When we come back, the murder of a rabbi's wife and a reporter's secret. That story next.



What's a journalist to do when faced with a confession, an off- the-record confession, to murder? We turn now to one woman's story.

(BEGIN VIDEOTAPE) (voice-over): Nancy Phillips, a reporter for "The Philadelphia Inquirer," went to great lengths to protect a source, keeping this man's secret for four long months.

NANCY PHILLIPS, "THE PHILADELPHIA INQUIRER": This was unlike anything I've experienced as a reporter.

KURTZ: The secret, that Len Genov (ph) had admitted his involvement in the brutal 1994 killing of Carol Newlander (ph), the wife of a rabbi in the Cherry Hill, New Jersey, suburb of Philadelphia, and that the rabbi, Genov says, had hired him as a hit man.

Phillips first met Genov in 1995, shortly after the murder, when the "Inquirer" assigned her to the story. Their off-the-record conversations spanned five years, but not until recently did Genov reveal to her how the murder plot unfolded.


KURTZ: Just last month, Phillips convinced Genov to come clean with authorities. Phillips was there when her long-time source confessed to local prosecutors. After Genov was arraigned on murder and conspiracy charges, Phillips published her account of the five- year saga.

Joining us now from Philadelphia, Nancy Phillips.



KURTZ: Nancy, when your long-time source, Len Genov, told you last December, off the record, that he'd been involved in this murder, weren't you tempted to print it, or at least call the cops?

PHILLIPS: Well, off the record, as you know, Howard, is a promise that we abide by in this profession, and it means that that's information that cannot be used. So while it was information that I attempted to corroborate, and that I made every effort to move toward putting in the pages of "The Philadelphia Inquirer," it was nothing that I could immediately use.

KURTZ: But didn't that put, really, an incredible burden on you...

PHILLIPS: Oh, it's...

KURTZ: ... to have this knowledge, and because of the journalistic promise, not being able to do anything with it?

PHILLIPS: Of course. It was terrible. But I really believe that in this profession, our entire reputations rise and fall on our ability to keep every promise we ever make to anyone, large or small. And in this instance, I had promised that this information was off the record, and there it would remain until he changed his mind. BERNARD KALB, CO-HOST: Nancy, doesn't a confession of murder change the ground rules? For example, if somebody in this particular case says, I did that, and even though you've made promises, aren't you confronted by a powerful reportorial ethical challenge?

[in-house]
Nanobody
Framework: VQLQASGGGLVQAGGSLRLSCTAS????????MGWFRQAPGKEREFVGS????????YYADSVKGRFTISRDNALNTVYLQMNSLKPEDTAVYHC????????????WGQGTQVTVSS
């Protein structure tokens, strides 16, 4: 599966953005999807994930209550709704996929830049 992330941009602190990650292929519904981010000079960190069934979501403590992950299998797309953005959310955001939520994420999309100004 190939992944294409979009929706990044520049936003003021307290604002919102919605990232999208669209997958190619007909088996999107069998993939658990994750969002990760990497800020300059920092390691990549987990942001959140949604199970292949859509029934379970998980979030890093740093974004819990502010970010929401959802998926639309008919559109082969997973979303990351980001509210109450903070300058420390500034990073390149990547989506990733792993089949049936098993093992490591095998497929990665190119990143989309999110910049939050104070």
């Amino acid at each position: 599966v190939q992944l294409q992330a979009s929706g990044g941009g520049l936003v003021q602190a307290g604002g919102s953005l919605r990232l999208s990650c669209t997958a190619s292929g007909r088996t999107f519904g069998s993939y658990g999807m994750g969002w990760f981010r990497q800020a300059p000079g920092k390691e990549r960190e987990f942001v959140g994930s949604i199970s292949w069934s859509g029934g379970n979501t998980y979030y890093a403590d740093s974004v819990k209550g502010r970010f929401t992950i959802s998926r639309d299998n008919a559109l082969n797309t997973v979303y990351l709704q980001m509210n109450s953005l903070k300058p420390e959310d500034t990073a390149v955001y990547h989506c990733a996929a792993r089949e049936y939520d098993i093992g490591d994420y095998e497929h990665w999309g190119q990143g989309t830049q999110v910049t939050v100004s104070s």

PHILLIPS: No question. And this was an enormous ethical struggle, an enormous struggle just as a human being. But it -- the dilemma was tempered a bit in this instance because Len Genov was someone who had told to me and to many other reporters a number of stories that I was able to -- that did not turn out to be true. And so I had some doubts about his credibility, and even as he told me this account, I had doubts about this account.

And as I wrote in the piece, the first-person account that I did of this struggle and then how the "Inquirer" went forward with this story, part of my hesitation stemmed from misgivings that I have about variations on the story that he had told me over the years.

KURTZ: There was an incident when Genov, while you were still keeping the secret, when Genov came to your office and handed you an envelope. Explain what happened.

PHILLIPS: Well, he had -- this was after he had told me off the record that he had been involved in this crime. He said that he had arranged it, and that he had hired a second man, a man named Paul Michael Daniels (ph), to go to the house and actually beat Carol Newlander to death.

He then phoned me and said that he would be lunching with Mr. Daniels, and asked whether I would like to go along. I said, "No, thank you very much, I would not like to go along." And a few hours later, the two of them just arrived in my office.

KURTZ: Right, but the significance of the envelope...

PHILLIPS: Of the envelope...

KURTZ: ... what was in the envelope?

PHILLIPS: The envelope was empty, and the significance of that was that Carol Newlander, prosecutors say, was killed by a man who went to her home twice, once a week before the murder, posing as a delivery man, and he handed her an envelope and asked her to give it to the rabbi. So that was a rather frightening moment, I have to say, when Genov walked into the office with that envelope.

KALB: Nancy, you're caught up in some sort of a legal wrangle now about turning over the notes that you took over the course of these four or five years in your conversations...


KALB: ... with the gentleman arraigned for murder. Where are those notes now, and will you turn them over? I understand you say no, but will you, in effect, when the heavy legal pressure is on? PHILLIPS: Well, we will see what the court rules, and I'm certain we will abide in the -- at the end of the day by a court ruling. At this point, we are resisting the subpoena, and we've not been ordered to turn over the notes, and it's our hope that we will not be ordered to turn over the notes.

KALB: You think the notes will make any difference in the prosecution's case?

PHILLIPS: Well, I'm not a lawyer, so I don't know really what significance -- well, it is the defense, I should point out, that is seeking the notes, not the prosecution.

KALB: Yes, yes.

PHILLIPS: I think that we have told the story in the pages of "The Philadelphia Inquirer," and Len Genov has told the story to prosecutors, and...